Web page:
“Arianism” is derived from Arius, a presbyter or elder of Alexandria whose views were condemned at the Council of Nicea in 325 A.D. He held that God the Son didn’t always exist but was created by God the Father at a point in time. Thus, although the Son was created before and was greater than the rest of creation and could be even described as like the Father, he was not of the same substance as the Father. The best-known Arians today are the Jehovah’s Witnesses.
Yesterday in our after-breakfast Bible reading time my family and I began reading the section on Arianism in Chapter 14, “God in Three Persons: The Trinity,” of Wayne Grudem’s Systematic Theology (Zondervan, 1994). Yesterday we read the part of the section which describes the controversy, and today we’ll read the parts of the section which consider two related false doctrines (subordinationism and adoptionism) and give reasons why it is important to hold to the doctrine of the Trinity, the belief that God is one but exists as three persons–the Father, the Son, and the Holy Spirit, each of whom is fully God. Here I’ll share from what we read yesterday.
The Arians focused on Bible passages which called Jesus Christ the “only begotten” Son of God:
– (John 1:14) “And the Word was made flesh, and dwelt among us, (and we beheld his glory, the glory as of the only begotten of the Father), full of grace and truth” (KJV; usually I quote from the ESV, but it translates “only begotten” as “only Son”).
– (John 3:16) “For God so loved the world, that he gave his only begotten Son, that whosover believeth in him should not perish, but have everlasting life” (KJV).
– (John 3:18) “He that believeth on him is not condemned: but he that believeth not is condemned already, because he hath not believed in the name of the only begotten Son of God” (KJV).
– (1 John 4:9) “In this was manifested the love of God toward us, because that God sent his only begotten Son into the world, that we might live through him” (KJV).
They reasoned that if Jesus Christ were “begotten” by God the Father he must have been brought into existence by Him, “beget” referring to a father’s role in conceiving a child.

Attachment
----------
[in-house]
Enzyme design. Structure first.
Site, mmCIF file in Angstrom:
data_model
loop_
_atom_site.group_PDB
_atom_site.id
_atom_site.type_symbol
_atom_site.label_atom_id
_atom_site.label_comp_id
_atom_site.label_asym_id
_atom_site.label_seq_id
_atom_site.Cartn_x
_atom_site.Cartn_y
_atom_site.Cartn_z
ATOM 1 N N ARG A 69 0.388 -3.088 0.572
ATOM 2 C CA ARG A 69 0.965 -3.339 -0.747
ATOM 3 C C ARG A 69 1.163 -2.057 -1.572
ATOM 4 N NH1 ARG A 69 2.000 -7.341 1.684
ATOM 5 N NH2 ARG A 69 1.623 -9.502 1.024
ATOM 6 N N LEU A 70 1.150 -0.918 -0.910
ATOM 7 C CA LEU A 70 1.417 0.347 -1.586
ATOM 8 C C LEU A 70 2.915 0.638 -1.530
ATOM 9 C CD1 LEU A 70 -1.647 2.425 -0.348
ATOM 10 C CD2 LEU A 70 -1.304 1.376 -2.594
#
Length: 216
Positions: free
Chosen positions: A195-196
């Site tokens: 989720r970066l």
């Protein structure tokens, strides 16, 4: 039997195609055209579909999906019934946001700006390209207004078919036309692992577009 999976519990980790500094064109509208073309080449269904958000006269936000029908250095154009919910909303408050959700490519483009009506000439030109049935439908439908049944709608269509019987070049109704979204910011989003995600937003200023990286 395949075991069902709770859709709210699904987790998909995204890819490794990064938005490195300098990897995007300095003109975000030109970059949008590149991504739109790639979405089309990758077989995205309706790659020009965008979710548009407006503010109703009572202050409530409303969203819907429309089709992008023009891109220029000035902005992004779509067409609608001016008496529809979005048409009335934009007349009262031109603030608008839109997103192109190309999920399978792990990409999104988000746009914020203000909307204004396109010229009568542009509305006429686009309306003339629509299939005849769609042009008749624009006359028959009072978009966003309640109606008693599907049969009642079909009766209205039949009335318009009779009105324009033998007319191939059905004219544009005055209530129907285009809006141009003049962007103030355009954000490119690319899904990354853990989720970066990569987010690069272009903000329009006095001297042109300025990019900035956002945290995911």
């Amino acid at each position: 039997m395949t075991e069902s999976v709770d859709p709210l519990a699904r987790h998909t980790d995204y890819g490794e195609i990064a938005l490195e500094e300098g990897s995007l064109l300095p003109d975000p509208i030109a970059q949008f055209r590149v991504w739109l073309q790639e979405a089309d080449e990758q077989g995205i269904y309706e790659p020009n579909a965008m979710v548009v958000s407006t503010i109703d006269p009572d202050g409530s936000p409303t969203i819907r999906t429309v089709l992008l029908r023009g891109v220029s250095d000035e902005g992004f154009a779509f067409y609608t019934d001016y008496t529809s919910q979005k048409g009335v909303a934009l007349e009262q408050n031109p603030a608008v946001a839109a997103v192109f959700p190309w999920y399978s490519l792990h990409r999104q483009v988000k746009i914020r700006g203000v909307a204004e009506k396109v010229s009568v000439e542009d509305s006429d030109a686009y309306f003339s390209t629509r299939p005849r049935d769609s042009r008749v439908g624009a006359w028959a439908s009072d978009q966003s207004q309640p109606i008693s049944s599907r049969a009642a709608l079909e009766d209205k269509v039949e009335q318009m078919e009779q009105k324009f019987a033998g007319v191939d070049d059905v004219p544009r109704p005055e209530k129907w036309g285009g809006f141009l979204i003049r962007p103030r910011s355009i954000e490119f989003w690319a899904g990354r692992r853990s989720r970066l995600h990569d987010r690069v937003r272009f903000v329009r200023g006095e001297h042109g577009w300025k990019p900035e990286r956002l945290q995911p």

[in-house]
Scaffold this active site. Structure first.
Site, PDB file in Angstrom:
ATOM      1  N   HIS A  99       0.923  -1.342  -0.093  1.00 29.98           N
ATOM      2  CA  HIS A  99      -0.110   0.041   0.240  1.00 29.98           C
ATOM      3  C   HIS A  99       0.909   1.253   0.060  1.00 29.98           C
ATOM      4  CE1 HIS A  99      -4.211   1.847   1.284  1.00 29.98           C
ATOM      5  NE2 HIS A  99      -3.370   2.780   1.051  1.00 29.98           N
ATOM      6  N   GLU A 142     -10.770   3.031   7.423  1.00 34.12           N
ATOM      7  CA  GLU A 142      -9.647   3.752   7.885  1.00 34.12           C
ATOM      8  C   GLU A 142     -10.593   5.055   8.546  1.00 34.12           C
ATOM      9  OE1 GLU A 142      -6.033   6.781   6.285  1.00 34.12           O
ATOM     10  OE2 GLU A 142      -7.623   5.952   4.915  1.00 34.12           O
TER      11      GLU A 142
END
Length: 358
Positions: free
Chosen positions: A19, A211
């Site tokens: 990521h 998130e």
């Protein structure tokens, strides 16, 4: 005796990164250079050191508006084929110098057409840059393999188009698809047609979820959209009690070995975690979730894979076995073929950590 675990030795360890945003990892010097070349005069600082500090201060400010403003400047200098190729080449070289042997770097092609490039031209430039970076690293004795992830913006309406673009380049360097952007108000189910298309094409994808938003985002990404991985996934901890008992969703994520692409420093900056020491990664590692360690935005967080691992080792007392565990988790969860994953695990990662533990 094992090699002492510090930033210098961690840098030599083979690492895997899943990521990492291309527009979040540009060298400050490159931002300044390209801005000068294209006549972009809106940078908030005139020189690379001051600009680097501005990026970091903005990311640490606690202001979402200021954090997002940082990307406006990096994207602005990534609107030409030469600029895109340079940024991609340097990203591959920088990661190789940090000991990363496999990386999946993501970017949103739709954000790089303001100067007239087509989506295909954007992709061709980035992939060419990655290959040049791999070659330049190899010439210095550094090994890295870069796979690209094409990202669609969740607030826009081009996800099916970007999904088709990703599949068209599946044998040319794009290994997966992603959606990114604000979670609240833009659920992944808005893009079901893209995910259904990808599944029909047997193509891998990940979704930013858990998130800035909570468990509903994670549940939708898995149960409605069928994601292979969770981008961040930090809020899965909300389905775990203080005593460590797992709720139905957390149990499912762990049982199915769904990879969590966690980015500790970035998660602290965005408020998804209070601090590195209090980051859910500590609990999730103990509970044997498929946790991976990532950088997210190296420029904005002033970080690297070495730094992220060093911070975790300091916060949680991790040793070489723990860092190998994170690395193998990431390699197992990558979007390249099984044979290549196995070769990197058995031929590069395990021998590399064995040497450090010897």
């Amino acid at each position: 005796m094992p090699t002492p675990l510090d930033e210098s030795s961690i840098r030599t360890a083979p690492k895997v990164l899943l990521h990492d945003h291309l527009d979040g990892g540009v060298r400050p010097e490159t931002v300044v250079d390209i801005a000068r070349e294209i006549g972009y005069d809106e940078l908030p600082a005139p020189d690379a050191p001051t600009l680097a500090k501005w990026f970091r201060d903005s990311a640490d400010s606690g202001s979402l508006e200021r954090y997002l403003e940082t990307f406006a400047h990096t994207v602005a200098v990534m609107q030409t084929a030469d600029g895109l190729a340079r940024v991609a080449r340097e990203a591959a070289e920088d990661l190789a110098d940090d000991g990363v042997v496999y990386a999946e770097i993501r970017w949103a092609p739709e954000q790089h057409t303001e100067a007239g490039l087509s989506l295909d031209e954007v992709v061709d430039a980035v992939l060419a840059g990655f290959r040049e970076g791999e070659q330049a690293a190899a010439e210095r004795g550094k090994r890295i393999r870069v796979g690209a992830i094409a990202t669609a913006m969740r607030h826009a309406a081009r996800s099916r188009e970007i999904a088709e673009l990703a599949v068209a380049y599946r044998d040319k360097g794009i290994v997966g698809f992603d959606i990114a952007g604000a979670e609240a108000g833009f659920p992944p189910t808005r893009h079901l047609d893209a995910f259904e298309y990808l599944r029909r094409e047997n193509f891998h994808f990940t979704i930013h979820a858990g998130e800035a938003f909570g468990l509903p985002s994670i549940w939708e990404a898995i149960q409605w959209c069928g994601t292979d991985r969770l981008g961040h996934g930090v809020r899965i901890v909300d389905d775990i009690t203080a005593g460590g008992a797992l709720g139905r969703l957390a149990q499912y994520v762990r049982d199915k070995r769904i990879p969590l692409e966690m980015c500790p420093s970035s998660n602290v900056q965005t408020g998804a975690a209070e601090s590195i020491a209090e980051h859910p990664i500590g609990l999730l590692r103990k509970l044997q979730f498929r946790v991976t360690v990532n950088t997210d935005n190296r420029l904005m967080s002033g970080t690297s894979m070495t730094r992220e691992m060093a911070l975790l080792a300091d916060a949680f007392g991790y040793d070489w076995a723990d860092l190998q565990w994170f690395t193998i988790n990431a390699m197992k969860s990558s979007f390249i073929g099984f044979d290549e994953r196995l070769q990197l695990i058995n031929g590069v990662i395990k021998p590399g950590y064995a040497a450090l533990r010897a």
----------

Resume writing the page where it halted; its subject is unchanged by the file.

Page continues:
Two other Bible passages which Arians used were:
– (Proverbs 8:22) “The LORD possessed me at the beginning of his work, the first of his acts of old” (ESV).
– (Colossians 1:15) “He is the image of the invisible God, the firstborn of all creation” (ESV).
They argued that “first” and “firstborn” imply that the Son was brought into existence at some time. They gained even more support from Proverbs 8:22 because the Septuagint (Greek version of the Old Testament) has “The Lord created me” instead of “The Lord possessed me.” However Grudem argues that “firstborn” is better understood to mean that Jesus Christ has the rights or privileges of the first-born and points out that the NIV translates Colossian 1:15’s “firstborn of all creation” as “firstborn over all creation.”
Grudem also observes regarding the passages which called Jesus Christ the “only begotten” Son of God that the early church felt so strongly the force of the many Bible passages showing that Jesus Christ was fully God (see my October 28 “The Trinity – Each Person Is Fully God – Part 1” post) that it concluded that “only begotten” couldn’t mean “created.” Thus the Nicene Creed in 325 affirmed that Jesus Christ was “begotten, not made” and the phrase was reaffirmed at the Council of Constantinople in 381. The Nicene Creed also insisted that Jesus Christ was “of one substance with the Father” (not just “of similar substance,” which Arius was willing to agree with) and this was also reaffirmed by the Council of Constantinople. In my next post I’ll include the Nicene Creed in the revised form issued by the Council of Constantinople.